Dynamic Testing of Software for Aviation.
Software for aircraft systems, from navigation to the entertainment system, must be proven to be free of unwanted reaction to every possible input, whether predicted by the designers or not. Safe operation of an aircraft depends upon every component being able to operate not only when receiving expected data, but must be able to keep its head about it when the unexpected happens.
Static testing is widely used to determine that aircraft systems and components can operate in unusual situations. Given the tightly controlled environment of aircraft systems, this has been sufficient. If each and every component in a theoretically enclosed system is well designed and manufactured, then there is no expectation of out of bounds output and no high level requirement that other devices on that network be tested for resilience should they receive extraordinary, unwanted or corrupted data.
Static testing does extend into demonstrating resistance to unwanted input, but has a shortcoming in that it extends only to the range of unwanted input that can be imagined as being potentially possible or likely. A very good test designer may extend this test range to cover some additional input types, but is limited in time and resources when it comes to documenting test processes and simply must prioritize so that test budgets and time lines are met.
System and component resistance to unexpected data input or, heaven forbid, attack is best tested and ideally certified through dynamic testing. However, dynamic testing can also fail to find and document software vulnerabilities for the same budget and time limit reasons. It is at the point that the component is otherwise ready to ship that the most in-depth dynamic testing should occur, and yet products most often reach this point of development at or after their ship date.
Additionally, most dynamic testing tools depend upon a known range of specific tests that have been developed by experience with a particular protocol.
Adding stress to this situation, the trend toward highly integrated avionics systems has made it at least theoretically possible for aircraft control systems to be accessed through external communications or even in-flight entertainment systems. The tools most often used to discover any such vulnerabilities are a type of dynamic testing tool known as fuzzers. These have been in use in the hacking community for well over 10 years and are the tool most often responsible for discovering zero-day vulnerabilities in software.
In this article we would like to make the case that avionics designers should use an enterprise version of the same kind of tools that will be used against their systems after they are released into 'the wild'.
Developers produce applications that to a greater or lesser degree exchange information by adhering to a protocol as closely as possible. QA then tests application functionality against that protocol in the perfect world of the testing laboratory. Given the numerous ways programmers can make mistakes, looking for security vulnerabilities in a piece of software should be an integral part of the development process. Strangely, that is not always the case. Why? Because testing the security of a particular product can be an expensive proposition and developers often weigh expense against cost of other factors involved in releasing the product to its customers. Because of this, even software developed in an environment stringently cognizant of security risks is most likely released without full testing.
Naturally when the application is released, hackers will bash away at it with every possible corrupted form of the protocol to create an error in the application. By pushing at the edges of the envelope of the protocol they may find a way to trip up the application and create a buffer overflow, the most frequently leveraged design error.
How are hackers finding buffer overflow opportunities missed during development and standard pre-release QA? A wide range of tools have been developed by the hacker community to enable the rank and file to find new exploits. These tools, fuzzers, work by creating and feeding a wide range of unexpected or corrupted inputs looking for a combination that will break the application. The production of these tools has become a small industry of its own. The QA world has attempted to adapt these rough and ready hacker tools into their test processes with some success, but also with many headaches. Most of these hacker developed fuzzers are focused on a single type of code weakness or on just a single protocol or even on a single application.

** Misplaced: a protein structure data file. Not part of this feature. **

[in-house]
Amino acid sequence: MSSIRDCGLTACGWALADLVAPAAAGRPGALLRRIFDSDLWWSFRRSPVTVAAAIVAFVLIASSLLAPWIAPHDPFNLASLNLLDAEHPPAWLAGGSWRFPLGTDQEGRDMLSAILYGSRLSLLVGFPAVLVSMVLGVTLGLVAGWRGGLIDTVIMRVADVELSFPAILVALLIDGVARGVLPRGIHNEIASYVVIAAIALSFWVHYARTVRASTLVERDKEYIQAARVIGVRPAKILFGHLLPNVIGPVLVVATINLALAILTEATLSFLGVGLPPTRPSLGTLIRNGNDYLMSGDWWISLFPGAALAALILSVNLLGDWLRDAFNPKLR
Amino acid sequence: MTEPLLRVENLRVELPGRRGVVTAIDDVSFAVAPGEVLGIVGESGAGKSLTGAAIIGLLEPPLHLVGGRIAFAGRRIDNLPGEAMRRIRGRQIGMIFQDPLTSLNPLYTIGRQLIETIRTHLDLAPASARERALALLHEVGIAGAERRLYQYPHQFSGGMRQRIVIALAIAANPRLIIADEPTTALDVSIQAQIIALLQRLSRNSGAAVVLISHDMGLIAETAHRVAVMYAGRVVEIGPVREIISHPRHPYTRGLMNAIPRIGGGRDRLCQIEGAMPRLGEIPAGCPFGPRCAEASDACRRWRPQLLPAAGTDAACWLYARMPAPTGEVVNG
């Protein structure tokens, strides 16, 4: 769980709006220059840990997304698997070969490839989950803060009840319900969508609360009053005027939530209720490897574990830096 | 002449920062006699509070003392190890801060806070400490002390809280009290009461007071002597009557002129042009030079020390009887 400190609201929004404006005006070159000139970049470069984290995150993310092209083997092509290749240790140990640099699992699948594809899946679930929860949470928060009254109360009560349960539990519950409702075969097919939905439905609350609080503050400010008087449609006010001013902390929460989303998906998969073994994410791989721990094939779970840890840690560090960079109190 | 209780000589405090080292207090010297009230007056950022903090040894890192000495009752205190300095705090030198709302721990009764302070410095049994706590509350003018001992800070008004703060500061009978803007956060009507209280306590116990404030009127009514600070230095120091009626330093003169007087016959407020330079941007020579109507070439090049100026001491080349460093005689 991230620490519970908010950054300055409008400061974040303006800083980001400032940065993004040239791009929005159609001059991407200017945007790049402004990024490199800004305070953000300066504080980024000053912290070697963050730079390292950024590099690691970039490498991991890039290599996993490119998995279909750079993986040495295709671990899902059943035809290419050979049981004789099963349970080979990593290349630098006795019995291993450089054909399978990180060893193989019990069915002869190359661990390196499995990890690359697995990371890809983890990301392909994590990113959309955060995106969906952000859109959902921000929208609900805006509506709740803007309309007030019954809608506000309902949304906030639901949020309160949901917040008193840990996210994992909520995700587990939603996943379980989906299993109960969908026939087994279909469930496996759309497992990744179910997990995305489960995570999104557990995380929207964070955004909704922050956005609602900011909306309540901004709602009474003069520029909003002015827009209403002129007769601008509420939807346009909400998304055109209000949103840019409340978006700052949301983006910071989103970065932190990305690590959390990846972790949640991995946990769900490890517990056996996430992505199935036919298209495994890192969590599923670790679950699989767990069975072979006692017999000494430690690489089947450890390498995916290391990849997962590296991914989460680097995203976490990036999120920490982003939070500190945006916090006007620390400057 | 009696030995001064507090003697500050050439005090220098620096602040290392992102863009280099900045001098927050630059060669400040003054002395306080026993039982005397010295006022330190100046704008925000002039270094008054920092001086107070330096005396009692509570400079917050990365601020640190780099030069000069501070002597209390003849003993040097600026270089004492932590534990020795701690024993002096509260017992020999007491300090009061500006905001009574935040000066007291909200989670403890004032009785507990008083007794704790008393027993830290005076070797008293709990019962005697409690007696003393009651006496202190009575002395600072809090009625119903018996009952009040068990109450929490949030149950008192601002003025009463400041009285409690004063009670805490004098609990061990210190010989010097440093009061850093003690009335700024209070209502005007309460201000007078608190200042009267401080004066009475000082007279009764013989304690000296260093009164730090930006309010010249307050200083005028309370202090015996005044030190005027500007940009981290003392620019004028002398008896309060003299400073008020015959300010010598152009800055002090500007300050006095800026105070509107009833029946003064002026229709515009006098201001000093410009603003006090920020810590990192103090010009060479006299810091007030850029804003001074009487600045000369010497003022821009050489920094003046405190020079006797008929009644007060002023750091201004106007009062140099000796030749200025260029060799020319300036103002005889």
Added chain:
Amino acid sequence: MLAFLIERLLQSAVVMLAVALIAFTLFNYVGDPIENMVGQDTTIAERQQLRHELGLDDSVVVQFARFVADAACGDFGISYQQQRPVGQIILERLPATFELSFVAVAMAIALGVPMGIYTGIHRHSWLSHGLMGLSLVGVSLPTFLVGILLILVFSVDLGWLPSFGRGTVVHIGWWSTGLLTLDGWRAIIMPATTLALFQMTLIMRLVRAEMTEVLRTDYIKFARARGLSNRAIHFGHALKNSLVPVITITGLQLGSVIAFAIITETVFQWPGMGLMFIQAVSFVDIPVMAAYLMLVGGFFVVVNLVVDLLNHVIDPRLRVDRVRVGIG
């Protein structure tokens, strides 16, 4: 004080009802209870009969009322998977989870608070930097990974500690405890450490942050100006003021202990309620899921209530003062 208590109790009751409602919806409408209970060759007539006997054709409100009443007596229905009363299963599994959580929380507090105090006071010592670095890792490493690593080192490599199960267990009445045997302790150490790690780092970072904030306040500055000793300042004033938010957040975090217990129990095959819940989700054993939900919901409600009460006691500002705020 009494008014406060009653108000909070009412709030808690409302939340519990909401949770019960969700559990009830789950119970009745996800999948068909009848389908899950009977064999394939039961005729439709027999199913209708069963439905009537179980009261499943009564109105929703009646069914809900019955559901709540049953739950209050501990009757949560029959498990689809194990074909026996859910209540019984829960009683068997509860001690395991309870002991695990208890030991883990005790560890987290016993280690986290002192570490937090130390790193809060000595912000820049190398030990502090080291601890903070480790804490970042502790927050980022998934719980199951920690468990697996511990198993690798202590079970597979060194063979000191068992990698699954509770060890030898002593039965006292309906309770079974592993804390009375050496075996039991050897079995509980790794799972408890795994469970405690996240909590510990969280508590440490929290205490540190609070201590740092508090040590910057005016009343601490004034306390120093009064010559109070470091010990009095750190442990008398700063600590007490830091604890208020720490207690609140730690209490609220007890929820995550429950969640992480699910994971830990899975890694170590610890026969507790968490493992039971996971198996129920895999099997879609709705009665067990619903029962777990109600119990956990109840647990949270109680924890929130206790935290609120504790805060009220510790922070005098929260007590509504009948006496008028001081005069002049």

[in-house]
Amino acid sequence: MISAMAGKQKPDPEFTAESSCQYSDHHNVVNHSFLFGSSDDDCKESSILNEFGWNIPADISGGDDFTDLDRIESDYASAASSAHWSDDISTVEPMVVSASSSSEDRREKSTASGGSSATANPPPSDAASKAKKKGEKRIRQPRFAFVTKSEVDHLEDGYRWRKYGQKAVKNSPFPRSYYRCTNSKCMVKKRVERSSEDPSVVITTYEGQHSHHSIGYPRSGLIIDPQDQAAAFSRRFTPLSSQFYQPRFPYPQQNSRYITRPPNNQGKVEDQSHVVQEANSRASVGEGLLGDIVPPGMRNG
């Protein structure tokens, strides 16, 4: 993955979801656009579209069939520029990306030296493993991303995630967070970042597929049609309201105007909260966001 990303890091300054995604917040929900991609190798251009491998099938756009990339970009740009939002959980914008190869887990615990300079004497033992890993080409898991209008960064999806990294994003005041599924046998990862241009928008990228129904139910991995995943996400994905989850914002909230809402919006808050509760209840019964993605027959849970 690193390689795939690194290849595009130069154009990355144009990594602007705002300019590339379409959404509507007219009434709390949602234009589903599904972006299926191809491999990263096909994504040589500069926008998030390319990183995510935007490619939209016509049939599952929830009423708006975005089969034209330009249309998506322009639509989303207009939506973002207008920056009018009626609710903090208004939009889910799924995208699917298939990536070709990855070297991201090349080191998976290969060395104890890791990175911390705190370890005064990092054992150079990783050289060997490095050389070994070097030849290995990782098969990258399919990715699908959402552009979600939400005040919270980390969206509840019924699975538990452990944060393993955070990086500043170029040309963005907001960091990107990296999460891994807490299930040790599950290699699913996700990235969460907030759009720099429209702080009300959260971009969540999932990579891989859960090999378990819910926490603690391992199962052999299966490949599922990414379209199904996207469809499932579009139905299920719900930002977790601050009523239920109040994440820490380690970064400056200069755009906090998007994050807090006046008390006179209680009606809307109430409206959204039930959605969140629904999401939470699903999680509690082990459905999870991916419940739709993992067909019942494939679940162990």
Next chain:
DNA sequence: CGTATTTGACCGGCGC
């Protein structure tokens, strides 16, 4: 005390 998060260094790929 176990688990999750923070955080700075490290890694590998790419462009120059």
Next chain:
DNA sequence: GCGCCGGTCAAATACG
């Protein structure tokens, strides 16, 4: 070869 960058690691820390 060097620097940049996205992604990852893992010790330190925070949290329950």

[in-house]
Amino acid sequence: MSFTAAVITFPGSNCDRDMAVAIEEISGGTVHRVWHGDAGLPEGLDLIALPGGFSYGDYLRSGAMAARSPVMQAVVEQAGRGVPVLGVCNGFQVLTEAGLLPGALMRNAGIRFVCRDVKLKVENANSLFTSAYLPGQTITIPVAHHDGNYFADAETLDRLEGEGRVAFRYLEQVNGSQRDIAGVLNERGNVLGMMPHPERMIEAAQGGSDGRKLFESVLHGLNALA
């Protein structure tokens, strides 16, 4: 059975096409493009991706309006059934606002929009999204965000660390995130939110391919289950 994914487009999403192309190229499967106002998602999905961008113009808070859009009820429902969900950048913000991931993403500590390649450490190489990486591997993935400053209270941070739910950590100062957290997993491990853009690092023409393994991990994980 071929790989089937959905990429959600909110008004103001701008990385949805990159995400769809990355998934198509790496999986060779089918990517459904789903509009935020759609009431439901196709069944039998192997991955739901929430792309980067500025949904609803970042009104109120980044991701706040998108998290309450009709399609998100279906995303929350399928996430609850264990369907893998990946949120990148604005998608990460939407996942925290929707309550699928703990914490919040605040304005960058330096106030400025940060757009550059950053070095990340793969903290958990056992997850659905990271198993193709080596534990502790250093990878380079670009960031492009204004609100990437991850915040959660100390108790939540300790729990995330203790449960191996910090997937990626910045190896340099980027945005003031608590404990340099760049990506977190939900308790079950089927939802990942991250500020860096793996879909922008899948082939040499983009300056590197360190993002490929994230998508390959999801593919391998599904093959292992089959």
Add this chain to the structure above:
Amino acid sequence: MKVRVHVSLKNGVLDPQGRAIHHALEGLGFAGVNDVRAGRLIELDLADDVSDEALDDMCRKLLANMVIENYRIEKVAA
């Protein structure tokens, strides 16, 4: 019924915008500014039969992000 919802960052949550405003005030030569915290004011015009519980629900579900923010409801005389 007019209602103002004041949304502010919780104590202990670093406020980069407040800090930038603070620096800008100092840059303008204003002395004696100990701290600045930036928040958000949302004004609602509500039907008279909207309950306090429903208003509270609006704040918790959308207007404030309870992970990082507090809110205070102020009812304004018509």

Translation of requirements during application development is the first cause of most programming errors. For instance, during the development of a typical avionics application, a project manager translates the requirements from the desired end to the programming team, which members translate to individual programming assignments, which programmers translate the assignment into the proper syntax for the programming language written by someone else, which programming language interpreter translates that into the corresponding machine code. All those translations are sources of potential programming errors during the design stage.
Off-by-one errors, programming language use errors, integer overflows are all examples of errors generated by a programmer while translating a concept to the proper algorithm. For example, to hold 'n' items that are each 'm' bytes long, the programmer may tell the program to allocate n*m bytes. If m*n is larger than the biggest number that can be represented, less memory will be allocated than intended. This may lead to a buffer overflow. In another instance, if a programmer assumes that a variable contains only positive integers, but if the integer in question is actually a signed integer, arithmetic operations can cause the overwrite of the leftmost bit and make the results a negative number, possibly leading to exploitable behavior.
Buffer overflows, vulnerabilities caused by the application not checking space availability before copying un-trusted data into the pre-allocated space in the system memory, end up overwriting contents of memory outside the buffer. As a result, the next time the program looks at that memory space it sees data from the overflow instead of the original data. If the program tries to use values from that area, it will most likely not see what it expects, the consequences of which can range from a crash of the program to other more potentially dangerous actions like DoS or worse, execution of a new malicious code planted by someone. A stack-based buffer overflow can allow attackers to execute code on the victim's computer, as it overwrites memory addresses that will be used later, while a 'stack overflow' typically results in a DoS, as it tries to write to memory that isn't available.